A history of getting things done!
Fogo is an old community. A count by one Captain Vanbrugh back in 1738 listed 215 people working in Fogo as migratory fishermen. Even at that early date 143 of those people “over wintered” in Fogo that same year.
Early Fogo settlers came from West country England mostly from counties of Devon, Dorset and Somersetshire mixed with the occasional Channel Islander and a few Irish from Waterford, Ireland. The first settlers came here to fish and Fogo, with it’s two large harbours and proximity to the fishing grounds, was a fisherman’s haven. As the years passed English fish merchants followed the fishermen and a large, thriving fishing community developed. The fish merchants were well connoted to the economic powers back in England as well as those in St. John’s, NL. As a result, a vibrant fish trade developed that saw the Notre Dame towns of Fogo and Twillingate begging given the official titles of “The Two Capitals of the North”.
On Fogo Island, Fogo became the centre of economic and social activity. Law courts, government offices, customs houses, medical services and small shops set up in the town and a large shipping trade developed. Much of the influence that cause these services to locate in Fogo came from that vibrant merchant clan that called Fogo home. Thus any study of Fogo’s past brings forth names such as Slade, Cox, Duder, Scott, Hodge, Carter, Earles and others who provided leadership and connections during those formative years.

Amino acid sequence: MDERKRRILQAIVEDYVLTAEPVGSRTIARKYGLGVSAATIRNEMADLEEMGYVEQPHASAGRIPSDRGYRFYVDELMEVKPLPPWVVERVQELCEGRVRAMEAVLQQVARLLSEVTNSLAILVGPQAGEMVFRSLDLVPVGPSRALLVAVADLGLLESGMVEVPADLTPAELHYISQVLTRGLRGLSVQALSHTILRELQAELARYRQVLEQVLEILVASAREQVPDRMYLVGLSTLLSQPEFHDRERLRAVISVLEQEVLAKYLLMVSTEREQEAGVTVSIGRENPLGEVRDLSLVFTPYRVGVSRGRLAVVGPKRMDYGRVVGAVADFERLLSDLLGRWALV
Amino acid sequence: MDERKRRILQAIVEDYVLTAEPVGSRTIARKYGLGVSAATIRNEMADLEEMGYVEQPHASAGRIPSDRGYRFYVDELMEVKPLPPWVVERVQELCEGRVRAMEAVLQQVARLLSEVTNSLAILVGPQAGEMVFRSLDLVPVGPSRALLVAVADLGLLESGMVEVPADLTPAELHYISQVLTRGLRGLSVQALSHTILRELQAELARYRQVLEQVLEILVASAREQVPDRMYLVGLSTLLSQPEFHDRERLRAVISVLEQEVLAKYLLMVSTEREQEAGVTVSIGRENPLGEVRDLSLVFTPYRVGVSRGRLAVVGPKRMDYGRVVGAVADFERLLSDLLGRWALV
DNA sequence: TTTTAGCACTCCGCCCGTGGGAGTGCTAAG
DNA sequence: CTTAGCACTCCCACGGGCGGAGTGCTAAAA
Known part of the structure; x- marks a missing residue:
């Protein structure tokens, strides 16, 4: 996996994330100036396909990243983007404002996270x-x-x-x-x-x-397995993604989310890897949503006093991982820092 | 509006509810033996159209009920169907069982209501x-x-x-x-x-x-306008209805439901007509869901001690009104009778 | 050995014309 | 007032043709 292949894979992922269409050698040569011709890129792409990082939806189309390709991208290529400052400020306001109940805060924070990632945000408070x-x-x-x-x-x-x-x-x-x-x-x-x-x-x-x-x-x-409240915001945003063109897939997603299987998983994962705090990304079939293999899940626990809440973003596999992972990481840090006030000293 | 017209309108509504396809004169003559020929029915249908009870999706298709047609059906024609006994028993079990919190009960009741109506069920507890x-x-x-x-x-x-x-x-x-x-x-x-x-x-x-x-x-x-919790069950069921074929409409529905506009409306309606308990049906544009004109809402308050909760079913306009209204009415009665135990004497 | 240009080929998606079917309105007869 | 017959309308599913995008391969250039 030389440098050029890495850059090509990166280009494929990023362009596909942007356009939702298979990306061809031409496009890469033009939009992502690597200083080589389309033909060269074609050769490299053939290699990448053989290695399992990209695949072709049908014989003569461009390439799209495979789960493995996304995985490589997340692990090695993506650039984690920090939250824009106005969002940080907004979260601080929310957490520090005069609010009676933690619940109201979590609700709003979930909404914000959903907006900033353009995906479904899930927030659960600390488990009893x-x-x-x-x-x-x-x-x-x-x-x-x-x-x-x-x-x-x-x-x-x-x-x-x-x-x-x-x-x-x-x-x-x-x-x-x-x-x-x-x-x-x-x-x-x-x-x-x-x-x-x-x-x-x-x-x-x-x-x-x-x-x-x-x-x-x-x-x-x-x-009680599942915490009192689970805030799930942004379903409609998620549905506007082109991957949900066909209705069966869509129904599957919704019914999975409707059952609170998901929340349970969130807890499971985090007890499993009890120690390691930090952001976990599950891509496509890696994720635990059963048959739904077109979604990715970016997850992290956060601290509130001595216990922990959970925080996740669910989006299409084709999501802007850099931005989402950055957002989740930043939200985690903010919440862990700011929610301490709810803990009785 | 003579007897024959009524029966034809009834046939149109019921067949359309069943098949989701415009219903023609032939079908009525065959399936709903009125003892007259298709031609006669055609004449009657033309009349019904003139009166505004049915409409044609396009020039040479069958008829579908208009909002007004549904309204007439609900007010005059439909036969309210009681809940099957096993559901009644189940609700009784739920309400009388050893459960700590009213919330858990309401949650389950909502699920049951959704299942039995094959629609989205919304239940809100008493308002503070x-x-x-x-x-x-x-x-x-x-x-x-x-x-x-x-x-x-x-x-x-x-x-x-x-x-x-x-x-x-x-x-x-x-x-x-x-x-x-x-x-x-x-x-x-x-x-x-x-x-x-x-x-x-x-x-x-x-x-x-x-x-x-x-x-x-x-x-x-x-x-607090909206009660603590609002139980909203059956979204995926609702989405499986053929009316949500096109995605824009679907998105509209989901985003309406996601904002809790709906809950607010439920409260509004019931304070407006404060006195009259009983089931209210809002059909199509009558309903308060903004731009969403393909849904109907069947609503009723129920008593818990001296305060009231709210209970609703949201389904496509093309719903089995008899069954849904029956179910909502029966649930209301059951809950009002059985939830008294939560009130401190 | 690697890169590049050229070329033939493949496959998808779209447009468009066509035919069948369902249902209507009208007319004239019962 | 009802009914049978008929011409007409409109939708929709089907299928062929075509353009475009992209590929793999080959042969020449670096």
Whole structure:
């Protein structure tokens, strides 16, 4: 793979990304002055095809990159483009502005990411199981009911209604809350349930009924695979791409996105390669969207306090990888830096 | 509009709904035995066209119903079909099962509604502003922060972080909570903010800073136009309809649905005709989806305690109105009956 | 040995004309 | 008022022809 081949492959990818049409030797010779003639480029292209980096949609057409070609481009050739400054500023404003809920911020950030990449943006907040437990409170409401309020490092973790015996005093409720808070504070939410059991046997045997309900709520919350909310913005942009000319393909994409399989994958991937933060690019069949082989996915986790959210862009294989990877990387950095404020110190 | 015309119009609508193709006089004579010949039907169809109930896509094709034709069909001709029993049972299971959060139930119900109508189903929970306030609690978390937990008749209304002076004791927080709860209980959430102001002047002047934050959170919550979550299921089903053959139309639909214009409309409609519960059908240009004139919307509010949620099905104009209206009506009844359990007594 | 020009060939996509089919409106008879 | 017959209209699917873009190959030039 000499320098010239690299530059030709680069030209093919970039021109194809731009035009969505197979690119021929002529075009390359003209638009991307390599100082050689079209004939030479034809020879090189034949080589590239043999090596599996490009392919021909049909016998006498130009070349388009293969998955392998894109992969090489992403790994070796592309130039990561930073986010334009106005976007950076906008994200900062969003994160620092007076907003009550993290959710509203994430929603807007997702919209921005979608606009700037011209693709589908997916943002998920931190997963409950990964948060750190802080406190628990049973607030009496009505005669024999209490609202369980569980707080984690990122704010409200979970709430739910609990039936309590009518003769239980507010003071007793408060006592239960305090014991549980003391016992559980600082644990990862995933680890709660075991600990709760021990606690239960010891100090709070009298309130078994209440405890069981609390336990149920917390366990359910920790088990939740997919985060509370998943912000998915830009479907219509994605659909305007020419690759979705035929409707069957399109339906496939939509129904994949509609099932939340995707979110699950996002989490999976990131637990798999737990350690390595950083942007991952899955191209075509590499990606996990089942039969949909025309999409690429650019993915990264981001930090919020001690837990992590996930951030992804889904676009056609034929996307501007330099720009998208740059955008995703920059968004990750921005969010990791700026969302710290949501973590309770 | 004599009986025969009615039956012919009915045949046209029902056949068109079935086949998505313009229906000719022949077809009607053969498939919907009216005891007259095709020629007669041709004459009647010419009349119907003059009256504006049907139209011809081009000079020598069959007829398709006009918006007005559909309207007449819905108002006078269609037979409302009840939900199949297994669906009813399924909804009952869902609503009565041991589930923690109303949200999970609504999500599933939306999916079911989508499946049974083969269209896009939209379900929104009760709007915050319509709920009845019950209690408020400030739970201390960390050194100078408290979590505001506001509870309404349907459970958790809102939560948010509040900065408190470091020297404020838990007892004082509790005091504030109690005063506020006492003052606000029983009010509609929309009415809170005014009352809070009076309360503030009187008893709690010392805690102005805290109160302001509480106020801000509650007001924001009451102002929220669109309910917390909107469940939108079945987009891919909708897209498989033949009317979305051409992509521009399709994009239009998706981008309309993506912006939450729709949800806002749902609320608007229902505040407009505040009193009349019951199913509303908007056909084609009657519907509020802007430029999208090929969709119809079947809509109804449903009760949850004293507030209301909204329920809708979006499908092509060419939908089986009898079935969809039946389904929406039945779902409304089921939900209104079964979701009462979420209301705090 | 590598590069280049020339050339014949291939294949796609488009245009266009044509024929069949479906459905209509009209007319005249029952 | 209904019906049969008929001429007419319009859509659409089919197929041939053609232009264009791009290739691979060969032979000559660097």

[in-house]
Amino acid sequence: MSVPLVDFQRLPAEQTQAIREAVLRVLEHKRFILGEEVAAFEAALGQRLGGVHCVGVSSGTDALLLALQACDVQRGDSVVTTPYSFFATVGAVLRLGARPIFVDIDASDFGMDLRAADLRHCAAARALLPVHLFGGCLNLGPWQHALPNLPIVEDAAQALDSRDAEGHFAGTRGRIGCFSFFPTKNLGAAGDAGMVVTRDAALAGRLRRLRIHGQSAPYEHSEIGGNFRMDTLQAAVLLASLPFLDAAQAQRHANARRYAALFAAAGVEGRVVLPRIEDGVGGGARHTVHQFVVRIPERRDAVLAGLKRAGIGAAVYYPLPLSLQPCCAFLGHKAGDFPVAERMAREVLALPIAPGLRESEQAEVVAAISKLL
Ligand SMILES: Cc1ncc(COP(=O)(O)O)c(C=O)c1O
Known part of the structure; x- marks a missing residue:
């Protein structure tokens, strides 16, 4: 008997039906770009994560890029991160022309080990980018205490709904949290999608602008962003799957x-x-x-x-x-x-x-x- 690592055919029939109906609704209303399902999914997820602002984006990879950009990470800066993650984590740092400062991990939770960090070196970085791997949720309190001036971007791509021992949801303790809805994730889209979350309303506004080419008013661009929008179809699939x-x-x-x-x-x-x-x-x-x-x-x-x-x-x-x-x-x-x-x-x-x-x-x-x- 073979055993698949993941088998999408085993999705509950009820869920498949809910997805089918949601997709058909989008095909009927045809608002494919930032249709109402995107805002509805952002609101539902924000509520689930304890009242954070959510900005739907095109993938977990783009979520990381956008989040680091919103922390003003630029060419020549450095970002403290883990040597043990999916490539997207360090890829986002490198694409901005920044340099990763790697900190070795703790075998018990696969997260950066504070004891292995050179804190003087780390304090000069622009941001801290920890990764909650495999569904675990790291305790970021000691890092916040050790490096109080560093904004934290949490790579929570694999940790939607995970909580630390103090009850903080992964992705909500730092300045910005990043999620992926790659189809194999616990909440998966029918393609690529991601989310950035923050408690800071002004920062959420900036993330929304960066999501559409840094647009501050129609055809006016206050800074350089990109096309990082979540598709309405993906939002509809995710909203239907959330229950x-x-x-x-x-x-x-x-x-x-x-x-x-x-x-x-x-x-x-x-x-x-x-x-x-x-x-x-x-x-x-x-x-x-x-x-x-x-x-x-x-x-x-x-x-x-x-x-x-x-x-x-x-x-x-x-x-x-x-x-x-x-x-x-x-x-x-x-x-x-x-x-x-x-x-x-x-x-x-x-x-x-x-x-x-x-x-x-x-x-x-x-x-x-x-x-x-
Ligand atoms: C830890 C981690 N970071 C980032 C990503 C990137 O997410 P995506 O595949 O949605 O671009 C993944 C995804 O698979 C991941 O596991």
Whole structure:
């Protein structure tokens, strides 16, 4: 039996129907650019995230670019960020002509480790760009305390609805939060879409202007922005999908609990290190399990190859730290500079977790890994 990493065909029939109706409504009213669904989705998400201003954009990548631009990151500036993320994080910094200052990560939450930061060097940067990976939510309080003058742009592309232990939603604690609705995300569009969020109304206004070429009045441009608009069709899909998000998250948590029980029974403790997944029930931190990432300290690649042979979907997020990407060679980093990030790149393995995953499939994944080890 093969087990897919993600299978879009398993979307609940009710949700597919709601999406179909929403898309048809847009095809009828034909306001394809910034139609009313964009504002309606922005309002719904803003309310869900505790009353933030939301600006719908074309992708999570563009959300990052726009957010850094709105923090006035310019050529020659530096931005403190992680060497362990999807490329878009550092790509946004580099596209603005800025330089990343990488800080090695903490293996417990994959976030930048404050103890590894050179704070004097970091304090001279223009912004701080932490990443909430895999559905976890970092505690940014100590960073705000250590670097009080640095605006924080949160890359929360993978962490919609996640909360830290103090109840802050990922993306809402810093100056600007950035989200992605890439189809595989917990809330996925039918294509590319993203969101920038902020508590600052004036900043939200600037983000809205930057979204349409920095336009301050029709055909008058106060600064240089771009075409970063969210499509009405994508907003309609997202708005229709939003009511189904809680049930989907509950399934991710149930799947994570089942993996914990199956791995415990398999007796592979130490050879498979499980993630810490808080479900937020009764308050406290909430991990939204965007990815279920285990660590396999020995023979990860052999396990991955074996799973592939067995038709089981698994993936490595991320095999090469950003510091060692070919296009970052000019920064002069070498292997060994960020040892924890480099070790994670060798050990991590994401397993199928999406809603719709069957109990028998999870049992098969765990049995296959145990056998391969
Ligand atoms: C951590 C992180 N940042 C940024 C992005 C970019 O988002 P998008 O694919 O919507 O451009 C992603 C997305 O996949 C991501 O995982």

As the years rolled by other aspects of town life and culture emerged, prompted in large measure by the level of volunteerism that had become part of Fogo’s way of life. Whether through churches, fraternal societies, merchants and informal structures such as road boards, the town grew and became better organized. Wharves were built, roads were constructed and a canal was built linking both of Fogo’s harbours. Three great fraternal societies developed that delivered charitable and protective services to the people when needed. In 1948 Fogo was incorporated as the 6th Municipal government in the province of Newfoundland and Labrador and since that day Fogo has grown and prospered.
Today when visitors come to Fogo there is much to see and experience. No visit would be complete without a walk to Brimstone Head (one of the four corners of the Flat Earth) or a visit to the Wireless Interpretation Centre. A town “walk about” with sign boards along the route recalls many past events. The scenic hikes to Lion’s Den, Waterman’s Brook and Fogo Head invite those who seek tranquility, solitude and natural beauty. Conclude your visit by returning to the Experience Fogo and Bleak House sites to wrap yourself in the experiences that cause some of our past to remain a part of our present.